Preparation of Ultra-filter paper

It is prepared by soaking the filter paper in a collodion solution. Collodion is a 4% solution of nitrocellulose in a mixture of alcohol and ether. It is then hardened by formaldehyde and dried. 


4. Ultracentrifugation 

  • It is based on the principle of sedimentation, according to which denser particles settle down faster than less dense ones due to gravity.
  • In the ultracentrifugation technique, the sample is made to rotate at a very high speed. As a result of which larger and denser particles move faster and settle down in form of pellets at the bottom of the tube. On the other hand, the smaller and less dense particles move slower and remain floating on the surface.

Applications: Used in quantitative analysis of macromolecules in solution, determination of properties of biomolecules like proteins and nucleic acids.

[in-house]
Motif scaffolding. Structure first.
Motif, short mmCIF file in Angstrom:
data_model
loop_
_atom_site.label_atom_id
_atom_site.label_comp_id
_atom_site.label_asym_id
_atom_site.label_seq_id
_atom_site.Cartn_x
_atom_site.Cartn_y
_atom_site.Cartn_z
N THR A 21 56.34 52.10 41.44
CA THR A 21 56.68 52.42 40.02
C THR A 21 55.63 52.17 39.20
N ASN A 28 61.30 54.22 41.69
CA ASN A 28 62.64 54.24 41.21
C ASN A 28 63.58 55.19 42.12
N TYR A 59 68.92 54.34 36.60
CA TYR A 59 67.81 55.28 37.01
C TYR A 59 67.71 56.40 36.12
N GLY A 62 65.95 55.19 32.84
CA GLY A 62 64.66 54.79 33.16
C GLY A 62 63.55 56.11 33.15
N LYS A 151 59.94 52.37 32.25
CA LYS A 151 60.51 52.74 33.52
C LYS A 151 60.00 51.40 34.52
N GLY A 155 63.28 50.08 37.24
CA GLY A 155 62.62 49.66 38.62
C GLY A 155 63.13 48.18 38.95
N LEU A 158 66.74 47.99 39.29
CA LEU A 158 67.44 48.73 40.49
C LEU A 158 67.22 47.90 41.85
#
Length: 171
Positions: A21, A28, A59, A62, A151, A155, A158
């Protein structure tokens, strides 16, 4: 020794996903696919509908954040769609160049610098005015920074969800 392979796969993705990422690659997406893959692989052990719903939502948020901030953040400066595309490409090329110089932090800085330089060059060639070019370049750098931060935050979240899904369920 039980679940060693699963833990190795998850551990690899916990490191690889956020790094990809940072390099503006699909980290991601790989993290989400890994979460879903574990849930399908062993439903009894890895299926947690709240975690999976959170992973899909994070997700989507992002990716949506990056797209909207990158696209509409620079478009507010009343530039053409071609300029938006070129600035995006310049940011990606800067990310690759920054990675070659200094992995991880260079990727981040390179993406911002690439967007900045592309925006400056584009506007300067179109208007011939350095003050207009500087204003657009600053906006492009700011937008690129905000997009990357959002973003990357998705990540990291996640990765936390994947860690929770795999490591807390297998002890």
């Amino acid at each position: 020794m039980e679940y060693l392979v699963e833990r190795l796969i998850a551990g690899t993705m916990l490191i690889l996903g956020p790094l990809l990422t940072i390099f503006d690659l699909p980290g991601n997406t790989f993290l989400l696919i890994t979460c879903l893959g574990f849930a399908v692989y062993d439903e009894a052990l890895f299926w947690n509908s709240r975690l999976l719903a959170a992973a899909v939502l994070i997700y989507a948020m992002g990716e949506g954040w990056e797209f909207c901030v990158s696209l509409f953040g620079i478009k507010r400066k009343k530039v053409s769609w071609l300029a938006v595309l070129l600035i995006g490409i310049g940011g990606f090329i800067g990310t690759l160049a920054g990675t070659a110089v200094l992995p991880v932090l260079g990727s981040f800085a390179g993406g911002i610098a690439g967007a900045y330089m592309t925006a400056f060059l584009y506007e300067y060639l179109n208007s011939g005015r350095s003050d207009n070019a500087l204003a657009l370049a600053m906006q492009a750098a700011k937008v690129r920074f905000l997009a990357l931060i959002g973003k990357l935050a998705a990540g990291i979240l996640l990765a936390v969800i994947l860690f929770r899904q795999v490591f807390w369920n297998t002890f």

Practice problems

Q 1. Name the membrane used in simple dialysis.

(A) Cellophane sheet
(B) Animal membrane
(C) Ultra-filter paper
(D) Both (A) and (B)

Answer: (D)
Membranes like animal membrane (bladder) or parchment paper or cellophane sheet which allow a true solution, containing ions or smaller molecules to pass through it and not the colloidal particles are used in dialysis. 

Q. 2. Which compound is used in the hardening of filter paper when dipped in a collodion solution in the ultrafiltration method?

(A) Acetaldehyde
(B) Formaldehyde
(C) Formic acid
(D) None of the above

Answer: (B)
Ultrafilter paper is prepared by soaking the filter paper in a collodion solution when is then hardened by formaldehyde and dried. 

3. Which of the following technique works under the principle of gravity?

(A) Ultrafiltration
(B) Ultracentrifugation
(C) Dialysis
(D) Electrodialysis

Answer: (B)
Ultracentrifugation is based on the principle of sedimentation, according to which denser particles settle down faster than less dense ones due to action of gravity.     

Q. 4. Which of the following is the application of ultrafiltration?

(A) Water Treatment
(B) Desalination
(C) Both (A) and (B)
(D) None of the above

Answer: (C)